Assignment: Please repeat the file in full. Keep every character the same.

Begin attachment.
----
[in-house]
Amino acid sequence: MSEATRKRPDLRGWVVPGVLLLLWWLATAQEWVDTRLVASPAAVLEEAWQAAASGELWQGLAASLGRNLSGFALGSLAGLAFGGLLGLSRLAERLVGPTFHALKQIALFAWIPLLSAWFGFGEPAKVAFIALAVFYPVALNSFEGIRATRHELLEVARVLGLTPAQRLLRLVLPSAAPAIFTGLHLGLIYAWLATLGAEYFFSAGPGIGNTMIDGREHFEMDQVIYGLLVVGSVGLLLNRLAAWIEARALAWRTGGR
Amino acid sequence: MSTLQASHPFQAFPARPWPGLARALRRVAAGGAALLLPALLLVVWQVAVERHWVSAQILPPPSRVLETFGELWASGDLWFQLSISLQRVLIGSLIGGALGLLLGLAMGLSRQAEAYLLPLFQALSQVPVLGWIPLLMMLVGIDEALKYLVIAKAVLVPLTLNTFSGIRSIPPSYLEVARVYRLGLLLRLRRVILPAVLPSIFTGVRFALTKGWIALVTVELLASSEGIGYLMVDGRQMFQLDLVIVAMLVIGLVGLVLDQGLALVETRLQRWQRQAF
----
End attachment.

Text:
[in-house]
Amino acid sequence: MSEATRKRPDLRGWVVPGVLLLLWWLATAQEWVDTRLVASPAAVLEEAWQAAASGELWQGLAASLGRNLSGFALGSLAGLAFGGLLGLSRLAERLVGPTFHALKQIALFAWIPLLSAWFGFGEPAKVAFIALAVFYPVALNSFEGIRATRHELLEVARVLGLTPAQRLLRLVLPSAAPAIFTGLHLGLIYAWLATLGAEYFFSAGPGIGNTMIDGREHFEMDQVIYGLLVVGSVGLLLNRLAAWIEARALAWRTGGR
Amino acid sequence: MSTLQASHPFQAFPARPWPGLARALRRVAAGGAALLLPALLLVVWQVAVERHWVSAQILPPPSRVLETFGELWASGDLWFQLSISLQRVLIGSLIGGALGLLLGLAMGLSRQAEAYLLPLFQALSQVPVLGWIPLLMMLVGIDEALKYLVIAKAVLVPLTLNTFSGIRSIPPSYLEVARVYRLGLLLRLRRVILPAVLPSIFTGVRFALTKGWIALVTVELLASSEGIGYLMVDGRQMFQLDLVIVAMLVIGLVGLVLDQGLALVETRLQRWQRQAF